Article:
This content is not available in your region

How 5G drove moves by Apple, Qualcomm and Intel

Access to the comments Comments
By Reuters
How 5G drove moves by Apple, Qualcomm and Intel
FILE PHOTO: Qualcomm and 5G logos are seen at the Mobile World Congress in Barcelona, Spain, February 26, 2019. REUTERS/Sergio Perez/File Photo   -   Copyright  Sergio Perez(Reuters)

By Stephen Nellis

SANFRANCISCO (Reuters) – Apple Inc and Qualcomm Inc on Tuesday settled an acrimonious two-year legal dispute. Shortly afterward, Intel Corp said it will exit the smartphone modem chip business.

The entire drama played out as the mobile phone industry prepares to shift to a technology called 5G.

Echoing complaints from the U.S. Federal Trade Commission, Apple had alleged that Qualcomm used its patent licensing business to keep a monopoly on modem chips that connect devices like the iPhone to wireless data networks. Qualcomm insisted that Apple was using its valuable technology with proper payment, and Apple later dropped Qualcomm’s chips in favour of those from Intel.

In the end, Apple and Qualcomm ceased all litigation, with Apple signing a six-year licensing deal with Qualcomm and also agreeing to buy Qualcomm chips. Hours later, Intel said it was getting out of the modem chip business.


5G is a new network technology for wireless communications that could be up to 100 times faster than current 4G networks. The networks are coming on line in the United States, China, South Korea and other places this year, but probably will not be widespread until 2020. Modem chips connect devices like phones to these networks.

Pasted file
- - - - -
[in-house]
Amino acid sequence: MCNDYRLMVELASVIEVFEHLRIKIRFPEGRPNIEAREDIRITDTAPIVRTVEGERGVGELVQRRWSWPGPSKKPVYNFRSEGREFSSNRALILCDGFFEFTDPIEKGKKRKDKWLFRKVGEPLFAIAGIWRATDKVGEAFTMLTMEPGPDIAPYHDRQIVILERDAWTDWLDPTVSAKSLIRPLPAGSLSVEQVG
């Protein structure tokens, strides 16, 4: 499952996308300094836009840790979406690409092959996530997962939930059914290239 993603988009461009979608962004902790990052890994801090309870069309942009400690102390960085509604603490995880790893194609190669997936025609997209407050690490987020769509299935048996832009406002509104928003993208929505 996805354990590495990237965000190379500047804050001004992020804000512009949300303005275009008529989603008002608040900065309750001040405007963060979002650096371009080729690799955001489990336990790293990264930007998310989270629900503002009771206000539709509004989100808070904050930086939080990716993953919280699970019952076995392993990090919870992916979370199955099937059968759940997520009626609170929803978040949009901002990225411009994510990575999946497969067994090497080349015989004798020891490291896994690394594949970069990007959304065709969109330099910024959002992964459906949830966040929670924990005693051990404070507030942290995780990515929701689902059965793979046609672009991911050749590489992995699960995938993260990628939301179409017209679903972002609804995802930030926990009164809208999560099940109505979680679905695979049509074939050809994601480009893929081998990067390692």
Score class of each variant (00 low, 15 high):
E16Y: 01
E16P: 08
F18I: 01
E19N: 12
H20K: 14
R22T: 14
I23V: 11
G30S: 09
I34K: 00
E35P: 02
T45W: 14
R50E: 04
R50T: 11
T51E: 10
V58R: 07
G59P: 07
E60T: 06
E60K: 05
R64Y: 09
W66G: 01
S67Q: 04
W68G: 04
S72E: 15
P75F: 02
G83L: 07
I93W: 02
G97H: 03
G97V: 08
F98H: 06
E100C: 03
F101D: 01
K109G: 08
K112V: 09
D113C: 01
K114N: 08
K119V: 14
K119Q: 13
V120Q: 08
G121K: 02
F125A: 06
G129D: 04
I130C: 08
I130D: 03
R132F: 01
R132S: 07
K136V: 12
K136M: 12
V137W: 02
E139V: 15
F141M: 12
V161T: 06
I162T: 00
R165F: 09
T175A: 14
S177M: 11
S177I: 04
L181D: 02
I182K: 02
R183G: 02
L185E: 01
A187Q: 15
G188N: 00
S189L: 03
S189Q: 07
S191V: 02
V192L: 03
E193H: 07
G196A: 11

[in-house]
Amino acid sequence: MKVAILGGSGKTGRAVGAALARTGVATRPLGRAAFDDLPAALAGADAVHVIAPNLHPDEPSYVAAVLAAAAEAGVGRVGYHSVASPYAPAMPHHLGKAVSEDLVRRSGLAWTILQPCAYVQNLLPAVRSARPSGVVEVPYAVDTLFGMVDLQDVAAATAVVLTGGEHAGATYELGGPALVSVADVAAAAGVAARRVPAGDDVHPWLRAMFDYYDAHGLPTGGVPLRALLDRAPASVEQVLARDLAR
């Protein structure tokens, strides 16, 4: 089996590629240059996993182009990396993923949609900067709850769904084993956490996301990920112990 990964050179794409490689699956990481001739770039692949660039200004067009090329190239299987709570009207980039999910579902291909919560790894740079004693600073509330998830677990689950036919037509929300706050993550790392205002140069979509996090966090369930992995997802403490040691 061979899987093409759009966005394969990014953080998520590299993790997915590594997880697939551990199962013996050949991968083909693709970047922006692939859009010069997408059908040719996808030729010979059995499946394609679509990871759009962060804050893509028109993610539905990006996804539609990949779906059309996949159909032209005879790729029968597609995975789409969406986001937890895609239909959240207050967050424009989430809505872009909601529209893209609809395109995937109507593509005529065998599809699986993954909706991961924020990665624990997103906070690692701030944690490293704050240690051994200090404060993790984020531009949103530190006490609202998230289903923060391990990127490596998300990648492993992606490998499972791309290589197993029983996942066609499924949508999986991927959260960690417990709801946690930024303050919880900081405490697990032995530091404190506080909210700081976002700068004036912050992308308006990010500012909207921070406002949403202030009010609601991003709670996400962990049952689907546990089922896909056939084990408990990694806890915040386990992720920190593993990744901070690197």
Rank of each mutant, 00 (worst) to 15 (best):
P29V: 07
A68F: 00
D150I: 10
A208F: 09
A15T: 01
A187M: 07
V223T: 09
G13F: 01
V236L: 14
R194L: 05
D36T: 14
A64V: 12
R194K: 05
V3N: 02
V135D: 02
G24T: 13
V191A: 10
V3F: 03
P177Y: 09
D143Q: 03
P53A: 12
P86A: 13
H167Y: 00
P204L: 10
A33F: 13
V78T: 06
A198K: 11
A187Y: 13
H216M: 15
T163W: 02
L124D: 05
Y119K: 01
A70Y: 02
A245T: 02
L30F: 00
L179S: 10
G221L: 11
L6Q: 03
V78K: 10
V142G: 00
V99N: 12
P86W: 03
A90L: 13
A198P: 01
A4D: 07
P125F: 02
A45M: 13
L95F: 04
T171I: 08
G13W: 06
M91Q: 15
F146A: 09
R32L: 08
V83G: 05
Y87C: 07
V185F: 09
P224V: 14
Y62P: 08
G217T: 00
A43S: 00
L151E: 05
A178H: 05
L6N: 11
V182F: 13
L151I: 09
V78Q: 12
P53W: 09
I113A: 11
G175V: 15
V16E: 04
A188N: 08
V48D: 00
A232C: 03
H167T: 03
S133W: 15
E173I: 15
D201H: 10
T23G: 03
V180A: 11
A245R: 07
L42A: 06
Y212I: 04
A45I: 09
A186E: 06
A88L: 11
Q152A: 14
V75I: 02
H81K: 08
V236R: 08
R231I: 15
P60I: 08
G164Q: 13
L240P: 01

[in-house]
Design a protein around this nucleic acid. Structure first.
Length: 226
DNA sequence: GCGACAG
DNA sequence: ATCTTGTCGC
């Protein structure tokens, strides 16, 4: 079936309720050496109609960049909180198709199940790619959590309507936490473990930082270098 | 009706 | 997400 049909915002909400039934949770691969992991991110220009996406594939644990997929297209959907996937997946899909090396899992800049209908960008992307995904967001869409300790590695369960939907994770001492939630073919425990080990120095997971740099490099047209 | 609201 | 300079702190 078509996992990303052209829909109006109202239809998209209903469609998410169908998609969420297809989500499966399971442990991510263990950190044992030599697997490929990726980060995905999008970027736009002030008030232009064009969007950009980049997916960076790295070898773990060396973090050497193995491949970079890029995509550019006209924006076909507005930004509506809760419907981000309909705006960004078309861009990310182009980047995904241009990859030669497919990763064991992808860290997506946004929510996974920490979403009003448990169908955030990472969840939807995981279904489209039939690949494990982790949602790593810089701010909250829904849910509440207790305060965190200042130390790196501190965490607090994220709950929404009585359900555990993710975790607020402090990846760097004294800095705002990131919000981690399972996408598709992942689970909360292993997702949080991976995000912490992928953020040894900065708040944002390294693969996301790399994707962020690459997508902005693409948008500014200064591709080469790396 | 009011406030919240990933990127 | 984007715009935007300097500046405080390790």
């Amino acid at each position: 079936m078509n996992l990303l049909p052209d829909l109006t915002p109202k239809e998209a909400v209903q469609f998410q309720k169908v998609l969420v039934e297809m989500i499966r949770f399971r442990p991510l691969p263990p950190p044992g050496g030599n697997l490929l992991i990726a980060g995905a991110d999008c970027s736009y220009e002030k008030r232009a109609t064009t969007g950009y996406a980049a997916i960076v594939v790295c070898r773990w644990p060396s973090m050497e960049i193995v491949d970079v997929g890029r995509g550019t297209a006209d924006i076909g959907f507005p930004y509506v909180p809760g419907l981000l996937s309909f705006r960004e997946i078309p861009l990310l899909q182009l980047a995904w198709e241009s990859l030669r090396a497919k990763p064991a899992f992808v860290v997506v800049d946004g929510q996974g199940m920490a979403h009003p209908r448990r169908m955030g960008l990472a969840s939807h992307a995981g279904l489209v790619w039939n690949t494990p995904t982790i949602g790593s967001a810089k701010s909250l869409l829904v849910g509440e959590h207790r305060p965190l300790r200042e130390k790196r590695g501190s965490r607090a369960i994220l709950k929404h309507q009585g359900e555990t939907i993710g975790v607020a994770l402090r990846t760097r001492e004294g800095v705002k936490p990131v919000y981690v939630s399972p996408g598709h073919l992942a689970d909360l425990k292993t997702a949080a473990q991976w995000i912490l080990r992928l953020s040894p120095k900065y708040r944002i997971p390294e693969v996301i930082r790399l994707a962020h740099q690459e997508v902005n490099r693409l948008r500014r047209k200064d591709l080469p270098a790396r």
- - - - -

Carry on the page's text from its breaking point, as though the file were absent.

Prior to Tuesday, five companies had disclosed 5G modem chips or plans to make them: Qualcomm, Intel, MediaTek Inc, Huawei Technologies Co Ltd and Samsung Electronics Co Ltd. Samsung and Huawei, however, only make chips for their own mobile phones.


Some of Apple’s rivals in the smartphone market – notably Samsung – plan to release 5G devices this year, which could put pressure on Apple to match the feature. Many carriers that are investing heavily to build 5G networks are also likely to put their marketing efforts behind 5G phones.


It would require an extraordinary effort from both companies. New modems take months of testing to ensure phones will work on carrier networks. Under traditional time lines, Apple would have needed to start testing a 5G iPhone last year, but its supplier Intel did not have a chip ready.


Apple was slow to 4G too and did not pay a price. Samsung and others released 4G phones in 2011 as the networks were rolling out. Apple waited until 2012, when 4G networks become widely accessible. Many analysts believe Apple is making the same bet with 5G.


Apple’s only current modem supplier, Intel, said that it would not have a 5G chip ready until 2020, which could have pushed Apple’s launch of a 5G iPhone into 2021 – a long enough delay that it could hurt sales. Qualcomm, on the other hand, is preparing to ship its second generation 5G chip and can meet Apple’s needs with its current products.


Not necessarily. While Apple and Qualcomm signed a supply agreement, Apple is working on developing its own modems and disclosed in court earlier this year that it has held talks with MediaTek and Samsung around modems.


Intel Chief Executive Bob Swan has told investors in the past that modem chips are not likely to fetch the same high margins as its CPU chips. Intel has plenty of other ways to make money from 5G, like selling CPUs to makers of base stations and so-called programmable chips to makers of networking gear.

(Reporting by Stephen Nellis in San Francisco; Editing by Greg Mithcell and Lisa Shumaker)